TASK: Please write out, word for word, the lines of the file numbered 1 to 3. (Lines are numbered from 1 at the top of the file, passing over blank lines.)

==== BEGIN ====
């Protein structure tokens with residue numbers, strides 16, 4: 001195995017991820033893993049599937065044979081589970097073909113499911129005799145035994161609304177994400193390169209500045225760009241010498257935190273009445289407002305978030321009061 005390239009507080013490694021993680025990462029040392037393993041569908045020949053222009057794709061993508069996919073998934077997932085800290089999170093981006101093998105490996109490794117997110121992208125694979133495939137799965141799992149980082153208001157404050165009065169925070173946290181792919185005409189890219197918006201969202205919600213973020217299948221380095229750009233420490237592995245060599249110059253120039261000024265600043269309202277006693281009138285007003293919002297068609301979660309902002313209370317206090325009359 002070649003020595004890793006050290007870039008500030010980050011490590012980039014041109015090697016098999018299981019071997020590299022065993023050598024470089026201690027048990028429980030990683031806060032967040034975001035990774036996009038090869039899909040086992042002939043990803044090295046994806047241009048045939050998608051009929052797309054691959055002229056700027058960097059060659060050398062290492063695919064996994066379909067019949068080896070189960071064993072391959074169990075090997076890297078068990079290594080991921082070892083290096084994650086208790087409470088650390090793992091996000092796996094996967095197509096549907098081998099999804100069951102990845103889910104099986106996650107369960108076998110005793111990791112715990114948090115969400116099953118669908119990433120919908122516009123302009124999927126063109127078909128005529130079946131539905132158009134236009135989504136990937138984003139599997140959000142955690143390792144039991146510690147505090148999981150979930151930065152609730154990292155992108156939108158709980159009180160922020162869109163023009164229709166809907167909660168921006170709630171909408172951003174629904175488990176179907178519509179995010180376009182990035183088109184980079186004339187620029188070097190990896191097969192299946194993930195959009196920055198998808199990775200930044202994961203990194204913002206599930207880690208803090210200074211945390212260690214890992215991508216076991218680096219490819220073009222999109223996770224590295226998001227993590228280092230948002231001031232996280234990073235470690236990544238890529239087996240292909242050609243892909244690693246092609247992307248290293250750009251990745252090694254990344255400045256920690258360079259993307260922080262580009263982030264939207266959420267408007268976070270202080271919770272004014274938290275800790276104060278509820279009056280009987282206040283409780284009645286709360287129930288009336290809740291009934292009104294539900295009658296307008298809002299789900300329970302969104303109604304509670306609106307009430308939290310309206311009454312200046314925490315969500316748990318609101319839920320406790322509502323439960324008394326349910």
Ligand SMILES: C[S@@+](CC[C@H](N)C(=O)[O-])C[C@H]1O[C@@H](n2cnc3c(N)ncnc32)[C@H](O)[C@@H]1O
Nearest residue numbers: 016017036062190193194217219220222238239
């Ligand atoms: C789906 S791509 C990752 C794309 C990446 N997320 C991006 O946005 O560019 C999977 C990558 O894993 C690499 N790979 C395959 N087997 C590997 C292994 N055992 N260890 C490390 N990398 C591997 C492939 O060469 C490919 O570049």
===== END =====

């Protein structure tokens with residue numbers, strides 16, 4: 001195995017991820033893993049599937065044979081589970097073909113499911129005799145035994161609304177994400193390169209500045225760009241010498257935190273009445289407002305978030321009061 005390239009507080013490694021993680025990462029040392037393993041569908045020949053222009057794709061993508069996919073998934077997932085800290089999170093981006101093998105490996109490794117997110121992208125694979133495939137799965141799992149980082153208001157404050165009065169925070173946290181792919185005409189890219197918006201969202205919600213973020217299948221380095229750009233420490237592995245060599249110059253120039261000024265600043269309202277006693281009138285007003293919002297068609301979660309902002313209370317206090325009359 002070649003020595004890793006050290007870039008500030010980050011490590012980039014041109015090697016098999018299981019071997020590299022065993023050598024470089026201690027048990028429980030990683031806060032967040034975001035990774036996009038090869039899909040086992042002939043990803044090295046994806047241009048045939050998608051009929052797309054691959055002229056700027058960097059060659060050398062290492063695919064996994066379909067019949068080896070189960071064993072391959074169990075090997076890297078068990079290594080991921082070892083290096084994650086208790087409470088650390090793992091996000092796996094996967095197509096549907098081998099999804100069951102990845103889910104099986106996650107369960108076998110005793111990791112715990114948090115969400116099953118669908119990433120919908122516009123302009124999927126063109127078909128005529130079946131539905132158009134236009135989504136990937138984003139599997140959000142955690143390792144039991146510690147505090148999981150979930151930065152609730154990292155992108156939108158709980159009180160922020162869109163023009164229709166809907167909660168921006170709630171909408172951003174629904175488990176179907178519509179995010180376009182990035183088109184980079186004339187620029188070097190990896191097969192299946194993930195959009196920055198998808199990775200930044202994961203990194204913002206599930207880690208803090210200074211945390212260690214890992215991508216076991218680096219490819220073009222999109223996770224590295226998001227993590228280092230948002231001031232996280234990073235470690236990544238890529239087996240292909242050609243892909244690693246092609247992307248290293250750009251990745252090694254990344255400045256920690258360079259993307260922080262580009263982030264939207266959420267408007268976070270202080271919770272004014274938290275800790276104060278509820279009056280009987282206040283409780284009645286709360287129930288009336290809740291009934292009104294539900295009658296307008298809002299789900300329970302969104303109604304509670306609106307009430308939290310309206311009454312200046314925490315969500316748990318609101319839920320406790322509502323439960324008394326349910």
Ligand SMILES: C[S@@+](CC[C@H](N)C(=O)[O-])C[C@H]1O[C@@H](n2cnc3c(N)ncnc32)[C@H](O)[C@@H]1O
Nearest residue numbers: 016017036062190193194217219220222238239